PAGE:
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The untold story of Obama's mother

By BS Prakash
Last updated on: June 21, 2011 13:31 IST
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Barack Obama's mother was a truly unusual person, a woman with a curiosity, a keen intellect, and an internationalist orientation much ahead of her times, says B S Prakash after reading A Singular Woman 

Hitherto many knew a bit about Obama's papa, but less about his ma. One reason is Obama himself. In his moving book, completed even before he had became a US senator, let alone the president, titled  Dreams from my father, Obama had told the story of his dad: an intelligent, charismatic and  proud Kenyan who had gone back to his country after fathering Obama, and who had died in Africa much before Obama started rising.

The senior Obama, coming from Kenya as a part of a programme to prepare promising young men for the country's administration after independence, had fallen in love with a young and a somewhat impetuous white girl in Hawaii. Their union in 1961 had resulted in the birth of the personage who was to become the 44th president of the US. The mother was alive at the time the book was being written, and though Obama's love for her came through in between the lines, she was not the 'heroine' of the story. The 'dreams' came from the absent and dead father whom Obama had barely known, but who had left an indelible imprint, above all, let us face it, in the colour of the son's skin.

The lack of details about the mother's extraordinary life and character have now been  remedied through a thoroughly researched biography published recently, aptly titled A Singular Woman. Ann Dunham, Obama's mother, had died of cancer at 52 in 1995 before seeing her son's real successes, but fully confident that he would have it one day.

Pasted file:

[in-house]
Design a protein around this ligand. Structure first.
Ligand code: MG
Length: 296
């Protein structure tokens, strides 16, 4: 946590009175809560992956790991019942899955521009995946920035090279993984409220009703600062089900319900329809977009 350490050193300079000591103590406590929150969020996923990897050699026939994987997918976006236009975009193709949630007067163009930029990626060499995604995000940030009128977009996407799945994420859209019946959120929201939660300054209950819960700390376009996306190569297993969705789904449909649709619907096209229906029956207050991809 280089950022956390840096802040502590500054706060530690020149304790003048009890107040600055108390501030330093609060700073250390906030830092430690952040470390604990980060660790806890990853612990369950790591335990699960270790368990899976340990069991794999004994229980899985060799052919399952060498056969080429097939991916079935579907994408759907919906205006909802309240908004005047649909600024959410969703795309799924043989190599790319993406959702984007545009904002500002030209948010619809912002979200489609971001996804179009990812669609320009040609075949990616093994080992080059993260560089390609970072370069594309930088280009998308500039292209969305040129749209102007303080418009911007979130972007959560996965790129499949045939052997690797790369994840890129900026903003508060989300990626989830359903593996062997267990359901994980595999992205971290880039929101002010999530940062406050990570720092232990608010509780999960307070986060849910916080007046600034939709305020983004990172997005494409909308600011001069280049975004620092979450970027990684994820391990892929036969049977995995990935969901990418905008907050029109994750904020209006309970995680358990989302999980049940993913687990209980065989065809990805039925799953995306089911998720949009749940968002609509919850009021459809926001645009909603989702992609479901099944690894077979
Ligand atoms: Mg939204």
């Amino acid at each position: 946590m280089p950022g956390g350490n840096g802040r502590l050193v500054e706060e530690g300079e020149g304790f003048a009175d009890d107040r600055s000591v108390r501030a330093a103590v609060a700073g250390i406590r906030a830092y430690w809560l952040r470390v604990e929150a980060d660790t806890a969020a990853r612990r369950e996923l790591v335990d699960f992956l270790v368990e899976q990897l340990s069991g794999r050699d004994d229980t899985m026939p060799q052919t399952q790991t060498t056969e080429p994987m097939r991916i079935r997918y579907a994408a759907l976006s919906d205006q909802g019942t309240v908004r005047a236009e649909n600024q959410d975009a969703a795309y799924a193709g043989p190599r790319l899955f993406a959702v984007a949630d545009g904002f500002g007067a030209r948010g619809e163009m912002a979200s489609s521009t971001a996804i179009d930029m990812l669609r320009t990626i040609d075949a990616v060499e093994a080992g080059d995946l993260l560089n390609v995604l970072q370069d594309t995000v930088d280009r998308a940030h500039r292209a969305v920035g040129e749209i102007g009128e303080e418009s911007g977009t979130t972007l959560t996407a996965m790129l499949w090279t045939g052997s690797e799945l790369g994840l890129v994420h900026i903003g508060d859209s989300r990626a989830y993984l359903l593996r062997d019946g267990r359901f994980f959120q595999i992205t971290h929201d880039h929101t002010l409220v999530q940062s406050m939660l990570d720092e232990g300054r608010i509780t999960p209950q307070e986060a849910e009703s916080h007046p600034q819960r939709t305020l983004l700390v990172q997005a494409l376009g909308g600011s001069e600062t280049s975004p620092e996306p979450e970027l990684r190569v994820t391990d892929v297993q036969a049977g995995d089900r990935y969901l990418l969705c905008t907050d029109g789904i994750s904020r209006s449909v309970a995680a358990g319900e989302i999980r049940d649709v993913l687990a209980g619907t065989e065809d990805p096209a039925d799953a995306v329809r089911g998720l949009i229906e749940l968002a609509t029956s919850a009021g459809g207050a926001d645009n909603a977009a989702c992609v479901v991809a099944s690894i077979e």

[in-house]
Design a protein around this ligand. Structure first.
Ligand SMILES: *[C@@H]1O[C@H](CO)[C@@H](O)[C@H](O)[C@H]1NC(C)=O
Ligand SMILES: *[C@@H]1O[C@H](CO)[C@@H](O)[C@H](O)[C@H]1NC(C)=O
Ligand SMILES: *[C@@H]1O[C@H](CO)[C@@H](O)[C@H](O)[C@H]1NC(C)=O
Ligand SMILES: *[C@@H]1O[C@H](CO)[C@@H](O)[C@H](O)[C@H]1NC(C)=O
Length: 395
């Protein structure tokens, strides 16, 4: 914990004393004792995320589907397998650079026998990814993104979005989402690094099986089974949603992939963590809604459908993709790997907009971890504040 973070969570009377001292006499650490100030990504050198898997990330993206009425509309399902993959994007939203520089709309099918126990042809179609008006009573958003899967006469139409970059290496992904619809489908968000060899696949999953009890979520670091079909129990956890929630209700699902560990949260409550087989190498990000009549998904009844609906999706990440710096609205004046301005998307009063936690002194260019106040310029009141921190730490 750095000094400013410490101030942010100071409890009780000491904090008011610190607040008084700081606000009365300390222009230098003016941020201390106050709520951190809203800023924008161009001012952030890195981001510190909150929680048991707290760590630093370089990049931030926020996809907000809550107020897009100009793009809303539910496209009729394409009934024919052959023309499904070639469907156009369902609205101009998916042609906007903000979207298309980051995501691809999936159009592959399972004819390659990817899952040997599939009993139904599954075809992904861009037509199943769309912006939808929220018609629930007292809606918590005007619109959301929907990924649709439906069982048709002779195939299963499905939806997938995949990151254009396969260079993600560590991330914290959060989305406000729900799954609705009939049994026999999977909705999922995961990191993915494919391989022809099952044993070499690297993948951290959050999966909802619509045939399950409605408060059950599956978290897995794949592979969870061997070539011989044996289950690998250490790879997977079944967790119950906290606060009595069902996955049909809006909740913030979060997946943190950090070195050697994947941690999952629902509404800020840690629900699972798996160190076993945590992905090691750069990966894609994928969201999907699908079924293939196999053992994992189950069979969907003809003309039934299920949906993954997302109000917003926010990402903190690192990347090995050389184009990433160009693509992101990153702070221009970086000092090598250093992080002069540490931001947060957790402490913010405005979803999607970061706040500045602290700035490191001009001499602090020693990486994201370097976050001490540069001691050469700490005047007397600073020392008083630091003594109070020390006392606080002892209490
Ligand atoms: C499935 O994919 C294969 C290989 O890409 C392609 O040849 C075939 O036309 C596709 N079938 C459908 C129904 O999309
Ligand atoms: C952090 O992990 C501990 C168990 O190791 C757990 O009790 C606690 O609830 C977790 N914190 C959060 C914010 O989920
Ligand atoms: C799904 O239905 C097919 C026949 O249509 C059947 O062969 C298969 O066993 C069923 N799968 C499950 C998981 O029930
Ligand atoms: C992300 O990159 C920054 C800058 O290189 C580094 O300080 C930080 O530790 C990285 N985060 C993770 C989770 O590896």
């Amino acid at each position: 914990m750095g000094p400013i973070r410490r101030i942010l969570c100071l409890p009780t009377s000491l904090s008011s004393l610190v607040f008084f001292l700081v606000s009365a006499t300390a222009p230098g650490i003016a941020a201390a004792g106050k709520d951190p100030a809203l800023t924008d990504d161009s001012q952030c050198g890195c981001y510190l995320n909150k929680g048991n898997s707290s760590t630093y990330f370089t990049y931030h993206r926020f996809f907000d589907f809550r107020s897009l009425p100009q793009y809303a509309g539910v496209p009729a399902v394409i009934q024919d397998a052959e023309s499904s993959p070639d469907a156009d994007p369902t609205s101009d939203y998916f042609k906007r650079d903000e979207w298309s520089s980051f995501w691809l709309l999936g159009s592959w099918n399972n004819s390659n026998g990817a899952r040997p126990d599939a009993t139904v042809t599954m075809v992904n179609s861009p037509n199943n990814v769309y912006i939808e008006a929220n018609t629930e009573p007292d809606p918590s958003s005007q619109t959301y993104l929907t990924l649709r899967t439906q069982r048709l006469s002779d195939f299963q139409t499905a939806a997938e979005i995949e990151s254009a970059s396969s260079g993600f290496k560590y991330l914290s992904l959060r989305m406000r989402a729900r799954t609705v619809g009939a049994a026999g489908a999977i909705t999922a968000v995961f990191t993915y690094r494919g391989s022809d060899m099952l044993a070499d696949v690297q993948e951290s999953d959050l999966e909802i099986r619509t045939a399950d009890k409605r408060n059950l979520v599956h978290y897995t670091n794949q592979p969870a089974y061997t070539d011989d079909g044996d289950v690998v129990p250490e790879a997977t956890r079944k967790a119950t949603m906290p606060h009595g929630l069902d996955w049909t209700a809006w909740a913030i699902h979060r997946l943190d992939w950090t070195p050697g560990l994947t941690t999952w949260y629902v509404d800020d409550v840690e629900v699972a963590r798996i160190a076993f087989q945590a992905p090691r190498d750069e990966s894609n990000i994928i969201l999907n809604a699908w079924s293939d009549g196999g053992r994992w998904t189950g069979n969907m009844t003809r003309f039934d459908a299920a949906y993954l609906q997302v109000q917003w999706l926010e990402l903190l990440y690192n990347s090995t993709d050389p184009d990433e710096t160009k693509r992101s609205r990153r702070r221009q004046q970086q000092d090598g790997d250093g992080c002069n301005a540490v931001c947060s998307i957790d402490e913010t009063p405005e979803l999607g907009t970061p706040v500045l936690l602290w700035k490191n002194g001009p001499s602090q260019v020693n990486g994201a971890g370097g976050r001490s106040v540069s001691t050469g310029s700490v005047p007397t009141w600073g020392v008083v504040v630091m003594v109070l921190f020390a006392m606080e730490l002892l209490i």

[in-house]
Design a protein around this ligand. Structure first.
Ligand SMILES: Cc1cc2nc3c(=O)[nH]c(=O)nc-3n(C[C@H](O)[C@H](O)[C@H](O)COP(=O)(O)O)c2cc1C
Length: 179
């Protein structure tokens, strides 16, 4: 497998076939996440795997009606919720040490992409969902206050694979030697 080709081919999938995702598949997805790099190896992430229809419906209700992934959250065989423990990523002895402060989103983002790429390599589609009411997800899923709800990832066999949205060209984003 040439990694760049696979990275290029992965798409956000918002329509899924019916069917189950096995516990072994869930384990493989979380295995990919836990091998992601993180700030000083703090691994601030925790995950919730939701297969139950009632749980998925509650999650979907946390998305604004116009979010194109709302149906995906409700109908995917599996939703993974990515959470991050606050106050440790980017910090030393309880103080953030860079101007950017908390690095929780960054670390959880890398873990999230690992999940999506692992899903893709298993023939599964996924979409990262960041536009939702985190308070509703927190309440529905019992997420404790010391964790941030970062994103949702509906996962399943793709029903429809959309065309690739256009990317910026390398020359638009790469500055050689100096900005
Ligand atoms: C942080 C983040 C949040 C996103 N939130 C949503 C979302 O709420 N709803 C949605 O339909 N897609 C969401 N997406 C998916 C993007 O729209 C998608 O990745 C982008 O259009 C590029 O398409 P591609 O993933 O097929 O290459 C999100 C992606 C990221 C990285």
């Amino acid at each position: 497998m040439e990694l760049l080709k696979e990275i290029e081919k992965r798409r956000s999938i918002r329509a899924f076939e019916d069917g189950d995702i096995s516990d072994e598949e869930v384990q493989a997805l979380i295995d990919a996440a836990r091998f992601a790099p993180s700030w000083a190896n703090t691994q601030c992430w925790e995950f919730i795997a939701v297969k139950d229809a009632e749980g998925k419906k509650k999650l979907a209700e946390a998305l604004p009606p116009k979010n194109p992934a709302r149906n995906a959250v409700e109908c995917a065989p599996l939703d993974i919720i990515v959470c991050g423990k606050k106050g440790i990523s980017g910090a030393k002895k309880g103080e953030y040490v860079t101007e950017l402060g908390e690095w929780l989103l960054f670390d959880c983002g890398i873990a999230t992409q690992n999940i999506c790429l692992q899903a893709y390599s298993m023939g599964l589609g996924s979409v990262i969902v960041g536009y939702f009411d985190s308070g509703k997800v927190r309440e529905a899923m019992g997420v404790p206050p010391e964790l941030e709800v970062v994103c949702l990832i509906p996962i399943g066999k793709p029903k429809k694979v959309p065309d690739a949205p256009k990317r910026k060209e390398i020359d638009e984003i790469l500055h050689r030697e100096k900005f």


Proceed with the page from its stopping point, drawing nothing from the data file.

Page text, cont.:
With a twinge of regret about his relative neglect of her in his book, Obama had said movingly, that had he known that she would not survive longer, he would have probably written a different book: 'Less a meditation on the absent parent (meaning his father), more a celebration of the one who is the single constant in my life. What is best in me, I owe it to her.'

The story of Obama's ma is not a typical American story of her period, but almost its opposite. It is the story of a truly unusual person, a woman with a curiosity, a keen intellect, and an internationalist orientation much ahead of her times. Considering Obama's own unique profile, it is instructive to see the role that his mother's personality played in shaping him.

Ann came from a very ordinary white family from Kansas, a relatively backward part of the US. After a series of failures in his career, her father migrated and settled down in Hawaii, which had joined the US as the fiftieth state. At the age of 17, a student in the University in Hawaii, Ann met the tall and forceful Obama Senior in an optional Russian class that both had enrolled into.

The Kenyan student had great dignity and spellbinding oratory. Though considerably older and already married -- a fact that he hid from her -- he swept her off her feet. Ann also seems to have been an incurable romantic and the idea of this unconventional romance with a black aristocrat from a foreign land was very attractive to her. They got married in 1961 when she was already three months pregnant bearing the future president.

The marriage was not a success, but the failure was mainly because of the senior Obama's careerist reasons. In 1962, just a year after the marriage, he was accepted by Harvard and left the young wife and child for the prestige of the university. Later, he went back to join the government in Kenya, eventually to become an embittered and alcoholic bureaucrat. Ann continued her studies in anthropology at Hawaii. A greatly influential period in Obama's life was when his father came to visit the family in Hawaii when Obama was 10 and the father and son spent some 'quality time' as Americans would term it.